Post heart attack care key to survival
Following doctor’s orders after being discharged from the hospital can be more critical than most people realize, particularly with heart attack patients. A new study from the University of Leeds in the U.K. found that people who suffered a heart attack were much more likely to die after leaving the hospital if they neglected even one step of their post-discharge care.
Published in the European Heart Journal: Acute Cardiovascular Care, researchers looked at nine aspects of post-discharge care for heart attack survival, including cardiac rehabilitation, electrocardiogram, use of aspirin, reperfusion (restoring blood flow to the heart), and timely use of heart attack prevention medications.
The study findings showed heart attack patients have a 46 percent increased chance of dying within a month and 74 percent increased chance of dying within a year if one of these components is missing. They discovered about half of 31,000 heart attack patients in England and Wales left out one of these elements of care between 2007 and 2010.
They also found hospitals that did not have as much experience treating heart attack patients or had fewer specialist beds had a higher risk of missing opportunities to deliver appropriate care. For example, hospitals with no beds for cardiology patients missed care opportunities by 11 percent more than hospitals that had 50 or more cardiology beds.
Researchers stressed the need for doctors to communicate that the entire post-discharge package is essential for maintaining post-heart attack health.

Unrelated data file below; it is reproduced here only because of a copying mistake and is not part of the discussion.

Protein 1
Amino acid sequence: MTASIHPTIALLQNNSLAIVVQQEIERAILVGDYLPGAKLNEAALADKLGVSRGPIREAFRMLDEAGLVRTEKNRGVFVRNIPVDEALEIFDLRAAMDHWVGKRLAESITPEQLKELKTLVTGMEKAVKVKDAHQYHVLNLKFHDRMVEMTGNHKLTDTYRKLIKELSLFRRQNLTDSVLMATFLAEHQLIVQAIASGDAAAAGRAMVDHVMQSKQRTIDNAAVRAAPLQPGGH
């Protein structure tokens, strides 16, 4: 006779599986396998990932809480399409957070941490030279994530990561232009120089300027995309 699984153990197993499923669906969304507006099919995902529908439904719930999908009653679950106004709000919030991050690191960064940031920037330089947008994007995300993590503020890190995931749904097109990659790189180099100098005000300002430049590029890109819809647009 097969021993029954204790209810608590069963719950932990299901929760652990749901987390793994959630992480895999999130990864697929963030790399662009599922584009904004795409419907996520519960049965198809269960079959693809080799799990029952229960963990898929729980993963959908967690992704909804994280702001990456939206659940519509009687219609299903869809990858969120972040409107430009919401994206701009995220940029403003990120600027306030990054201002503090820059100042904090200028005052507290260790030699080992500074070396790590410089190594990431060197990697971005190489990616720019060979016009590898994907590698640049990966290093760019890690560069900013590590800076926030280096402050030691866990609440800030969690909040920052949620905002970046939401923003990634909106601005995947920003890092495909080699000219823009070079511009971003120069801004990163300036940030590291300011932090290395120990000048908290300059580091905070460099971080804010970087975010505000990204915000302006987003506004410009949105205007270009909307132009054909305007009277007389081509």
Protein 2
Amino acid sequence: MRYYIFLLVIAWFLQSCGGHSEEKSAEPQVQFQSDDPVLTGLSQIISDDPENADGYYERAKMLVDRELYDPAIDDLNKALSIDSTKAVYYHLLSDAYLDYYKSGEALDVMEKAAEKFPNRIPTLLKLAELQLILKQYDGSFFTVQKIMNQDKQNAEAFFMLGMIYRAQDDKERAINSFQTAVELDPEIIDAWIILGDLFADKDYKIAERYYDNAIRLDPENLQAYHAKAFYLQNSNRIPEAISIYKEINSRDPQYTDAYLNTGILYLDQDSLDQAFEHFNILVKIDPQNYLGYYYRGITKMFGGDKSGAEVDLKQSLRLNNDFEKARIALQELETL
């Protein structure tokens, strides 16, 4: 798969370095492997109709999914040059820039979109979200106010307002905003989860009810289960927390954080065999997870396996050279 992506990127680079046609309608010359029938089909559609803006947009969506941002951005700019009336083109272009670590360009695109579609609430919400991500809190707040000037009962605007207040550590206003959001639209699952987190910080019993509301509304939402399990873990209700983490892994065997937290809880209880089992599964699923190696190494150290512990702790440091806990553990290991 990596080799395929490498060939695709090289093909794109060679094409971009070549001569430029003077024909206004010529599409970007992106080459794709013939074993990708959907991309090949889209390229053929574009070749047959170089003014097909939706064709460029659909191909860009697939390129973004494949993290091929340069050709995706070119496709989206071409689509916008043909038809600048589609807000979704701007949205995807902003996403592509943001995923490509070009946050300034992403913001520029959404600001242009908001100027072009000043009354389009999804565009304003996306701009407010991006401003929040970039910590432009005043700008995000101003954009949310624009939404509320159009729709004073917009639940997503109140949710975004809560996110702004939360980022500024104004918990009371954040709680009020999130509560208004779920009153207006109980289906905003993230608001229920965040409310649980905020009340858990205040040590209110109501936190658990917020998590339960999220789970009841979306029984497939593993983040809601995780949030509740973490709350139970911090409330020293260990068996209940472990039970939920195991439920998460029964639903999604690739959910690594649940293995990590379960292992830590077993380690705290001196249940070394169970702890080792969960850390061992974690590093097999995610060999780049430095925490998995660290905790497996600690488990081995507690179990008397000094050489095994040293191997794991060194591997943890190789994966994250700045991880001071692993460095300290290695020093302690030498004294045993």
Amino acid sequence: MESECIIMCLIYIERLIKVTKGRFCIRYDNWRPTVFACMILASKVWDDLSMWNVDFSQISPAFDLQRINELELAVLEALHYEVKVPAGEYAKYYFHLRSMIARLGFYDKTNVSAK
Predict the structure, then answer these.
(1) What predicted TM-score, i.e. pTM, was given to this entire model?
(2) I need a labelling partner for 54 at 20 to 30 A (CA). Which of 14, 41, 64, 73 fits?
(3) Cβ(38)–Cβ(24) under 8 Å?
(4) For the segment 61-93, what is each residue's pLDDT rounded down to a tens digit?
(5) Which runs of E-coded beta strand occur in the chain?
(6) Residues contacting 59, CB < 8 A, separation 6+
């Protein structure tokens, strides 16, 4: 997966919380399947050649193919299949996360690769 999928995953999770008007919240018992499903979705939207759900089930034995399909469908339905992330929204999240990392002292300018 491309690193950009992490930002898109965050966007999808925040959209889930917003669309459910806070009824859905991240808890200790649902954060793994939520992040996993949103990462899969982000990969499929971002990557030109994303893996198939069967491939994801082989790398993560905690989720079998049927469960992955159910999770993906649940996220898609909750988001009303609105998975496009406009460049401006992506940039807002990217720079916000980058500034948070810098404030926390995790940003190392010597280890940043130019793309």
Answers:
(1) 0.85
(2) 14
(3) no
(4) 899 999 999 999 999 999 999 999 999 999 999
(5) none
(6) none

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Sourced from: medicalnewstoday.com, Heart attack survival tied to receiving post-discharge care
Published On: Sept 17, 2014
American waistlines keep growing
There’s now scientific evidence to back up the notion that Americans are developing bigger waistlines. According to a new study, published in JAMA, the average waist circumference in the U.S. grew by an inch between 1999 and 2012.
These findings contradict previous data from the National Health and Nutrition Examination Survey (NHANES) which found that no major changes in obesity occurred between 2003 and 2012. Centers for Disease Control (CDC) researchers used the same survey as a source, but determined that the average waist size expanded from 37.6 inches at the beginning of the study to 38.8 inches at the end.
Using seven different two-year cycles of NHANES data, researchers analyzed 32,816 men and non-pregnant women ages 20 and older. Abdominal obesity, defined as a waist circumference larger than 40.2 inches for men and larger than 34.6 inches for women, increased overall from 46.4 percent to 54.2 percent. Men had a 0.8-inch waist circumference increase and 6.4 percent abdominal obesity increase overall. Women had a 1.5-inch waist circumference increase and 9.3 percent abdominal obesity increase overall.
Non-Hispanic white people had an increase of 8 percent in abdominal obesity, non-Hispanic black people had an increase of 8.5 percent and Mexican-Americans had an increase of 9,3 percent.
While it’s not clear why this increase is happening, the researchers recommended doctors continue to measure waist circumference as a measure to preventing and managing obesity in patients. Eating healthy, portion control and regular exercise can help reduce abdominal obesity.
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Sourced from: medicalnewstoday.com, American waistlines continue to grow
Published On: Sept 17, 2014